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    On the flip side, I'm a domain expert at my work and I do actively seek problems from my clients. Different strokes, I guess, but a lot of times if you don't seek the problem you don't find out until it explodes. Something about temporal thread and stitching time, I don't do metaphors. – corsiKa Jun 27 '16 at 15:51
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    It's all about the personality, style, and comfort of the expert. Some, like @corsiKa are more externally focused, others, like Jane, are more internally focused. The key to managing them is understanding their style and giving appropriate tasking. Externally focused experts tend to be prone to distraction (lots of stimuli and conflicting priorities), and Internally focused experts are prone to being perfectionists. Manage accordingly. – Chris G Jun 27 '16 at 17:19
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    @DanK Have you actually read my answer? I've discussed the difference between experts and "regular" employees and that distinction is part of it. – Lilienthal Jun 27 '16 at 17:42
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    +1, I think this is pretty much perfect, though it might benefit from clarification that the "problem" here isn't really an "introvert vs extrovert" problem. Introverts can go seek out problems from other teams -- it's a roles/responsibility question here. – enderland Jun 27 '16 at 19:35
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    @DanK - You're missing the point. As developers progress in skill, they go different directions. Some become architects, able to envision large, disparate systems and how they work together. Some become researchers, pushing products into new territories, and some become domain experts - people who have DEEP knowledge about certain subjects, and can solve the most tangled-up disasters. Each have to be managed differently. Each are needed in different places. – Wesley Long Jun 27 '16 at 22:54
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Ask Jane, if she is fine meeting with many people.

If not: Is there a possibility to limit the people that she has to deal with? Maybe have somebody or a few people doing the triage for her.

For me as an introvert is a paramount that I do not have to juggle the requirements of too many people or need to decide on priorities. Especially I do not want to be part of a status meeting. Or any other meeting with more than 2-3 people. Period.

If Jane wants to grow into such a position, though, give her good mentoring and somebody that complements her that she can build a strong, but usually quiet relationship with. Do not make her participate in social events. And ask her about certain limiting parameters for her.

Being clear on expectations and freedom involved with the tasks helps.

One other idea, of which I do not know whether that is feasible for you:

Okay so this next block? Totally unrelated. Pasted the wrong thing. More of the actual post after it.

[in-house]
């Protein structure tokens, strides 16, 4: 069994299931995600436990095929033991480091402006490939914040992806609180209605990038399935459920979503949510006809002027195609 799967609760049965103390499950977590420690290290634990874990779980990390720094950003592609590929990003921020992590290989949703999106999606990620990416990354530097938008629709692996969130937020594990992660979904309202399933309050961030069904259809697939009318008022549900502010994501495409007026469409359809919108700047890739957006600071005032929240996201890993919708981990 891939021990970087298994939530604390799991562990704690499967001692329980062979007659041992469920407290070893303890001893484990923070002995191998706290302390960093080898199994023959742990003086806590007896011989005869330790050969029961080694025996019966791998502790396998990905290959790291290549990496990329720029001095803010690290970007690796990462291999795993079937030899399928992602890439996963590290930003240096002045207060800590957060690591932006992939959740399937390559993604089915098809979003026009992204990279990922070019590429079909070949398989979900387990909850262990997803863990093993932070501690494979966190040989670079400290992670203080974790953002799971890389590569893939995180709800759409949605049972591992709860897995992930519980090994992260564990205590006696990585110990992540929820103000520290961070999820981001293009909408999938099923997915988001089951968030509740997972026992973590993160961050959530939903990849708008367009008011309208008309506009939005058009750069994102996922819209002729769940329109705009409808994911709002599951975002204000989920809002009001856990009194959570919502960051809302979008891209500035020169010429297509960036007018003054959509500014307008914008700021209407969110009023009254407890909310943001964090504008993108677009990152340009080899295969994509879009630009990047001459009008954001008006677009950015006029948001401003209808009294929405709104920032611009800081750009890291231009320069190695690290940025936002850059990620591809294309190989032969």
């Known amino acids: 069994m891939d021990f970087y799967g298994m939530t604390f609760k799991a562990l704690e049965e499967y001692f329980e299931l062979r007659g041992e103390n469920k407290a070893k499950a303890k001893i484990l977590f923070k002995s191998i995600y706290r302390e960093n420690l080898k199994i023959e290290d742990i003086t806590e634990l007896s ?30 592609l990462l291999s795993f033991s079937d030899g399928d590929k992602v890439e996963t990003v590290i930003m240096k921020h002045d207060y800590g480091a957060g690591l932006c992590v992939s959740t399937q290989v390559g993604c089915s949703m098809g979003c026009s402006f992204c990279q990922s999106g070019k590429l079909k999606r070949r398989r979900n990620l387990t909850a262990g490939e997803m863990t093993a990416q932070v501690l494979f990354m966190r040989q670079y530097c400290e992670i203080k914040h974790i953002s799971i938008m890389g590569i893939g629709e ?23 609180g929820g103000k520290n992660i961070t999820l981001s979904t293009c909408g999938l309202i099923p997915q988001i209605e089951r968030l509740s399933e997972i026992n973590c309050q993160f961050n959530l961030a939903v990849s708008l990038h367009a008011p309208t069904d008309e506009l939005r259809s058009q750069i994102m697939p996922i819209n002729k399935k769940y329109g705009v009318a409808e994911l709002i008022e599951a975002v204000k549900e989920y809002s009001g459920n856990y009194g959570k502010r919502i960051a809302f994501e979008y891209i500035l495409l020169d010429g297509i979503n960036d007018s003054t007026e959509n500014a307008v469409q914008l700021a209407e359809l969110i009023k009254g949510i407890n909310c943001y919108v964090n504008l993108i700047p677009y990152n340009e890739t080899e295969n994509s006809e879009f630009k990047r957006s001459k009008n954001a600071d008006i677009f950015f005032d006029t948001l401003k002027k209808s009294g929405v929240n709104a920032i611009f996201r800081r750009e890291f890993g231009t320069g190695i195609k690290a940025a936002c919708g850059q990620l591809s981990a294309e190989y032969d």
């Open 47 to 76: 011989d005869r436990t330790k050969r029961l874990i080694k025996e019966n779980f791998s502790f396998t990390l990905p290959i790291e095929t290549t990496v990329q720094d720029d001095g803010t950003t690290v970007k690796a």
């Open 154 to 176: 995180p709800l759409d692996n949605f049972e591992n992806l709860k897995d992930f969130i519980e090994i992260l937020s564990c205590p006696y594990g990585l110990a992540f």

In one company I worked for, we had a job board of tasks that had to be done, with expected delivery date and the posters idea of cost and timeframe. We all were able to pick from the list and negotiate conditions online with the poster. Only rarely it was necessary for a manager to jump in and assign a job.

One tool that could be used for this is Trello.

This tool based process would allow for a lot of freedom for Jane. It would also help the posters to over time get better in stating their requirements and estimating. It might help also to bring to the surface any social bottle necks.


Let me, in reaction to some comments, explain a little more about introversion, even though this is not the main focus of what is asked here, as other answers have pointed out.

You might be aware that a few years ago, a quiet revolution has been started, making the world (and especially the US) aware of the "other half", the introverts.

Introverts are not socially awkward. Introverts just refill their energy differently from extraverts. While extraverts thrive on dopamin and replenish when in action and with other people, introverts refill their batteries in alone time.

Introverts have been found to be overwhelmed by too much dopamin. Their "brain drog of choice" is acetylcholine. Interestingly enough, this messenger is used to disconnect body functions from the brain, so that we for example do not act out our dreams in our sleep.

Knowing this, we can provide better work environments for introverts. Quieter, more secluded office space instead of cubicles or open floor plans. More one-on-one instead of everybody-in meetings. More alone work instead of group dynamics. Preparation time for group events, and the allowance to opt out without social push-back.

I personally am an introvert that has no problems talking in front of many or participating in large group meetings. I just burn out easily and need time to replenish alone afterwards.